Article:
So, I was thinking we could all use a little Pineapple Upside-Down Cake to go along with this upside-down world we are living in right now.
On top of a global pandemic and civil unrest, my oldest brother Patrick passed away in the middle of it all. In tribute to Pat, I decided to create a new Pineapple Upside-Down Cake recipe, which was his favorite. Our mom would make the classic for special occasions, and it would last for about thirty seconds before it was devoured (by the time I came around, she had stopped making daily desserts!). Her version used canned pineapple, maraschino cherries, and those little Jiffy box cake mixes. Served with Cool-Whip, boy those were the days.
Those days are gone, so I decided I needed to upgrade this humble recipe to use real ingredients, meaning not processed, out of a box, jar, or tub. For that, we need fresh pineapple and seasonal cherries and real whipped cream as an option, well, not an option, please use real whipped cream.
Why is this new version so freaking spectacular?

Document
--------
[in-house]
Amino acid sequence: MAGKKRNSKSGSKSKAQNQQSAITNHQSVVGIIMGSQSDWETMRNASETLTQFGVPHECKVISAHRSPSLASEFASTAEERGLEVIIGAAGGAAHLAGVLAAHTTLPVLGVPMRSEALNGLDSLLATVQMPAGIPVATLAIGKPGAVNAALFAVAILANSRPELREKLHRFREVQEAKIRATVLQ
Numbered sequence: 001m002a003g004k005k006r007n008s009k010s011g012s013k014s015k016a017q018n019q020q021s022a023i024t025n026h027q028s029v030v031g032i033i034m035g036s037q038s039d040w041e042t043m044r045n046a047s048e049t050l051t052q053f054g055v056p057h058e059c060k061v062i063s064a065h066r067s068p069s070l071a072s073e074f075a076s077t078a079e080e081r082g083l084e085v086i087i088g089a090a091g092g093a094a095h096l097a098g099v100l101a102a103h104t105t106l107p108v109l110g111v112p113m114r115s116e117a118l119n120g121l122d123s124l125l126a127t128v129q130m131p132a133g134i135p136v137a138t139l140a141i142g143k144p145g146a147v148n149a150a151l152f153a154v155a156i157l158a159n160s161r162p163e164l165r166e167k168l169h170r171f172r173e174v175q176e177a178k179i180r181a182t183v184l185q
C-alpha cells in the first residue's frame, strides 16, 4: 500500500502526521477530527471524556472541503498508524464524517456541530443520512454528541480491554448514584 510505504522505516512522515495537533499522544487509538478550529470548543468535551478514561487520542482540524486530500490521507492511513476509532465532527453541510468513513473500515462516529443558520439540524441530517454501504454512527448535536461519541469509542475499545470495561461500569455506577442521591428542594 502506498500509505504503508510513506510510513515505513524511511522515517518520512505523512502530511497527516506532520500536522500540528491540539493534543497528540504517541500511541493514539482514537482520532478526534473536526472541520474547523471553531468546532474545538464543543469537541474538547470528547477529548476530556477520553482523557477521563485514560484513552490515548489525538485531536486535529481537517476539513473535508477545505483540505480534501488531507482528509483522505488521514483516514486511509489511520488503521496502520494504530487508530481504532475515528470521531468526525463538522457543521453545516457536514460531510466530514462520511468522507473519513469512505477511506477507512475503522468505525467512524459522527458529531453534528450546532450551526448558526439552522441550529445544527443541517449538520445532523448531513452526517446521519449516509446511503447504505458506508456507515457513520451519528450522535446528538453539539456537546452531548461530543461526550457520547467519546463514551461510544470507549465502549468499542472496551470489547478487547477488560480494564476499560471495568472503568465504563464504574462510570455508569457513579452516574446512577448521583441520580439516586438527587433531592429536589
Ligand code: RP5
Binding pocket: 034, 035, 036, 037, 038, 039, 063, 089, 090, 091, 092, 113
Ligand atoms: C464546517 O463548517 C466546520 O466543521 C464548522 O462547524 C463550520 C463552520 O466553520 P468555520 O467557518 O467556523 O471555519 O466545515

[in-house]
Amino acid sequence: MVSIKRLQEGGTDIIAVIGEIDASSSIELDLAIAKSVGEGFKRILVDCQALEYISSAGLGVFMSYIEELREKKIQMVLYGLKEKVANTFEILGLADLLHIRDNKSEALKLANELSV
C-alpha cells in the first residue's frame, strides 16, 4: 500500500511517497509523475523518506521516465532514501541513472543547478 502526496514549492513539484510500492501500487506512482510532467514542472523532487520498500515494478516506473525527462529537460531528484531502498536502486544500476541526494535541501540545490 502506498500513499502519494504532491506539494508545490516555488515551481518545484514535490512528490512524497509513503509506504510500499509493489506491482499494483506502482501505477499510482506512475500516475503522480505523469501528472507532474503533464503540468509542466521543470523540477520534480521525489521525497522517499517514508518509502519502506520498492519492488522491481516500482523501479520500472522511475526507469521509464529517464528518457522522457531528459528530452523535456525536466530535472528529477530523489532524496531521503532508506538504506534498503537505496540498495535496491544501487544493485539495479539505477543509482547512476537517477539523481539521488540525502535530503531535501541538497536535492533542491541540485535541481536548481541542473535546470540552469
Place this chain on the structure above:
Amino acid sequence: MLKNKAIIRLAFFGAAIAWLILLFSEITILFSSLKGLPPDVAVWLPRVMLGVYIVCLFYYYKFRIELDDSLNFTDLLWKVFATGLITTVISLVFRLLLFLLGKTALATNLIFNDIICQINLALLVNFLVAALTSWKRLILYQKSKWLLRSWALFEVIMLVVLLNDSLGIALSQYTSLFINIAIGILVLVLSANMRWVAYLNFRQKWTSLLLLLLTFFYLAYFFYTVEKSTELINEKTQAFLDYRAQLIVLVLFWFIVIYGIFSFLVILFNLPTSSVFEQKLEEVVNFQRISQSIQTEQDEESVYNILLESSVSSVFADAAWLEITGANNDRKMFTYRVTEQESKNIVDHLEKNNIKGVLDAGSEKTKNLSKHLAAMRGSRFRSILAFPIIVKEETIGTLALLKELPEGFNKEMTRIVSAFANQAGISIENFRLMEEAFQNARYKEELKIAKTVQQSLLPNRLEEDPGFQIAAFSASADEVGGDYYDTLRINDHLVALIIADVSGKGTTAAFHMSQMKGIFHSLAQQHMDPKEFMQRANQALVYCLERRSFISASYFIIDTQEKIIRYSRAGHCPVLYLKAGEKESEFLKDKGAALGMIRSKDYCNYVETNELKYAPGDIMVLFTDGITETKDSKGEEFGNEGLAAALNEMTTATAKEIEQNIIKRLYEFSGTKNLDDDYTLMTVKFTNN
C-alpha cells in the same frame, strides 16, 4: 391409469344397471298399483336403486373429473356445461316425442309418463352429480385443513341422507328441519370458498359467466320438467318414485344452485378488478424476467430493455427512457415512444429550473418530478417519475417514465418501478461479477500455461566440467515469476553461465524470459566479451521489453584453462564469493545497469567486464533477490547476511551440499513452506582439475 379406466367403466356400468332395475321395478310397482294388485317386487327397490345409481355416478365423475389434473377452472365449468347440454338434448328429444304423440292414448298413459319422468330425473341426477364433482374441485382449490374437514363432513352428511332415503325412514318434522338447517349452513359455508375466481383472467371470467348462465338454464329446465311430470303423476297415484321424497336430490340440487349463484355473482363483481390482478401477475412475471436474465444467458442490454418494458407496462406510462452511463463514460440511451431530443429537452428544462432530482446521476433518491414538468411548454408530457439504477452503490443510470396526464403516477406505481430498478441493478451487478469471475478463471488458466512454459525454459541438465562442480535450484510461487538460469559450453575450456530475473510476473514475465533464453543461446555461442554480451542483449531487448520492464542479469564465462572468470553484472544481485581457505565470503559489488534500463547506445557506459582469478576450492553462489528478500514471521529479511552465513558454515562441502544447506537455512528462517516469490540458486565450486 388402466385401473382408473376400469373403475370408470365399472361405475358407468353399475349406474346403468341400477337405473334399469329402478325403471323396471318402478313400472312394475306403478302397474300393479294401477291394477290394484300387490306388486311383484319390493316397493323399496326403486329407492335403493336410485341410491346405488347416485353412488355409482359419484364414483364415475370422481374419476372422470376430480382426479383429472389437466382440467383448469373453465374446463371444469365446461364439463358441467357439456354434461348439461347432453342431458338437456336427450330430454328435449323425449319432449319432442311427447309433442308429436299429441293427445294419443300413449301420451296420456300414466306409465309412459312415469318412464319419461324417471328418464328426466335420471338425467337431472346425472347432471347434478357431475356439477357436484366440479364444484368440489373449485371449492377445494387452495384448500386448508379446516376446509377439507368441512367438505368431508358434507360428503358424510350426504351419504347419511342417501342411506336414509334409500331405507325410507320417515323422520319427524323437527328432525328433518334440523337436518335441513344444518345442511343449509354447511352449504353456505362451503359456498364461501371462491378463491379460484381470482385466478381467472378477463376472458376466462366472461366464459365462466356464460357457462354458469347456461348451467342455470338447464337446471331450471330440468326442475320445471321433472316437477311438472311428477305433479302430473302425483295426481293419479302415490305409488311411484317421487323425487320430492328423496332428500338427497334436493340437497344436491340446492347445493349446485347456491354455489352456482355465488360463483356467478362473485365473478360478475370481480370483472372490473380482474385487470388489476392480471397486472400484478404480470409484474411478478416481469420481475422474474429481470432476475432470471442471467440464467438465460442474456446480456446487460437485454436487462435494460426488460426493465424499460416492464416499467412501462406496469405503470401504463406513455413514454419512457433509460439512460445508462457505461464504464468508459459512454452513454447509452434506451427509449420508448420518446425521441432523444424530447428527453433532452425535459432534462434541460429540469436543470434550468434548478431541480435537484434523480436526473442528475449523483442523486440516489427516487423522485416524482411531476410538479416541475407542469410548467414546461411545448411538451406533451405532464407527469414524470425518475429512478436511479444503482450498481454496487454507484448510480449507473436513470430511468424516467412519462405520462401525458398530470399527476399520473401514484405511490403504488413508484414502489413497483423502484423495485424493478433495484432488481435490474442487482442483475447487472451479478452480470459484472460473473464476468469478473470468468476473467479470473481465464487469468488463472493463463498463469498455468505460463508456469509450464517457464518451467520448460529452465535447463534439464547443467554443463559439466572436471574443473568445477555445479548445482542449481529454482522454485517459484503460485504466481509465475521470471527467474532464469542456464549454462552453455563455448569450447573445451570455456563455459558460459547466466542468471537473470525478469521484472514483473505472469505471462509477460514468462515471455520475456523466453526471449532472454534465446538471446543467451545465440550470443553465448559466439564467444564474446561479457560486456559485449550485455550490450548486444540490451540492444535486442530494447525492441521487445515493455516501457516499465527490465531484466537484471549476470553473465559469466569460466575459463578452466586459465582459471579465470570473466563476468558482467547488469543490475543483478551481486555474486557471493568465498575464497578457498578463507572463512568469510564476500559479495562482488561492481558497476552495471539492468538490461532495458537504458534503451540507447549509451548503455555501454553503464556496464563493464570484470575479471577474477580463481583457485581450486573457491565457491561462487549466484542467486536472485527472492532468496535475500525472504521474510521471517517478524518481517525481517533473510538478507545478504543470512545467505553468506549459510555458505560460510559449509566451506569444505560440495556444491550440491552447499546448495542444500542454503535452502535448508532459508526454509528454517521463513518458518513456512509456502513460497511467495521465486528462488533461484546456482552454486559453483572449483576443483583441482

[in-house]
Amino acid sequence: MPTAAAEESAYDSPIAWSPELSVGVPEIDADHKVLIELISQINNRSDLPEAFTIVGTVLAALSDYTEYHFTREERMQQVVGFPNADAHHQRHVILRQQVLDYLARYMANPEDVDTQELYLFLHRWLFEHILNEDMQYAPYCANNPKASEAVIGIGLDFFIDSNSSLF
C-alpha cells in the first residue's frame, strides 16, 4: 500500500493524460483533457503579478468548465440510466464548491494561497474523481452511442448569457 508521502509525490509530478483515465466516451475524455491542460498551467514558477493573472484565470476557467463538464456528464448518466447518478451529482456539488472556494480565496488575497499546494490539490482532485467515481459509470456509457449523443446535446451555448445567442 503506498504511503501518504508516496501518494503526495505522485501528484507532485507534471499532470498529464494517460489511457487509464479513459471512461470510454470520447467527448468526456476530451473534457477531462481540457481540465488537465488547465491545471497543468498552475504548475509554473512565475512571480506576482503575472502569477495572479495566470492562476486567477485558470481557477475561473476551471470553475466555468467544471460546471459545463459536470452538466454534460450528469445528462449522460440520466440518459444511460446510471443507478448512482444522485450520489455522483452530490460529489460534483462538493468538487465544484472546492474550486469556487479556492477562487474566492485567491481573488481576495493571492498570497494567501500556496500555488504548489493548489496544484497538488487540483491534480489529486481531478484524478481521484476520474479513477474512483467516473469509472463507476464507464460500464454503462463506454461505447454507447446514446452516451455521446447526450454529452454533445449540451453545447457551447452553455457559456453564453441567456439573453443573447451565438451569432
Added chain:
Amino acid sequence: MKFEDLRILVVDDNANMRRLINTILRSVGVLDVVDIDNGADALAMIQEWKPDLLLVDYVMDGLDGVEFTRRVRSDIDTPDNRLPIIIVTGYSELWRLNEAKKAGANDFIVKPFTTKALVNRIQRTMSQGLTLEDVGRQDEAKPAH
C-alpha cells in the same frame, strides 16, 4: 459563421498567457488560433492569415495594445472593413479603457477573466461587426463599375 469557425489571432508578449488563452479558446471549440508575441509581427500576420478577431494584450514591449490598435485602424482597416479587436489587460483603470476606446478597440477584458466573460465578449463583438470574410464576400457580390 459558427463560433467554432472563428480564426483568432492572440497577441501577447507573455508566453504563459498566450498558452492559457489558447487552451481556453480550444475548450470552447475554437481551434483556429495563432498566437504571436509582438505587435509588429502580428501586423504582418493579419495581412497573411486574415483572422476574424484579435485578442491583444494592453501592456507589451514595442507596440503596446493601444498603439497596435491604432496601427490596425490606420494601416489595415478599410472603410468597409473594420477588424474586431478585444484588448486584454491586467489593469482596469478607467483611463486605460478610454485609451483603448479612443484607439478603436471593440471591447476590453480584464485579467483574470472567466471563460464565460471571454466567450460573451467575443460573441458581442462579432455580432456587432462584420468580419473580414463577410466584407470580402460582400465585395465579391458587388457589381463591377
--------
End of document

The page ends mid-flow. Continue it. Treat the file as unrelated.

- it’s a great way to use up that overly ripe pineapple on your counter
- this cake uses all real ingredients, although of course pineapple isn’t locally grown (in MN!), you can head to your favorite farmer’s market for cherries, right about now
- it’s basically a one bowl, one pan cake, no need for fussy frosting
- my version is very informal, scatter those cherries, place the pineapple wherever you want, screw convention and make it your own
Not long ago, before my brother Pat got sick, I searched all over town looking for those Jiffy cake mixes, none to be found, so I had to go with a regular full-size box. But I still bought Pat a cast iron pan like mom’s, the regular cake mix and some canned, sliced pineapple and sent the kit to him. Along with the recipe, of course. He loved it and called to thank me with some sentiments that I can’t even write here because I’ll cry. When he got sick, I made the cake and FedEx’d it, but I sent it to the wrong address. Once he finally received it, he still ate it…at least he said he did. 🙂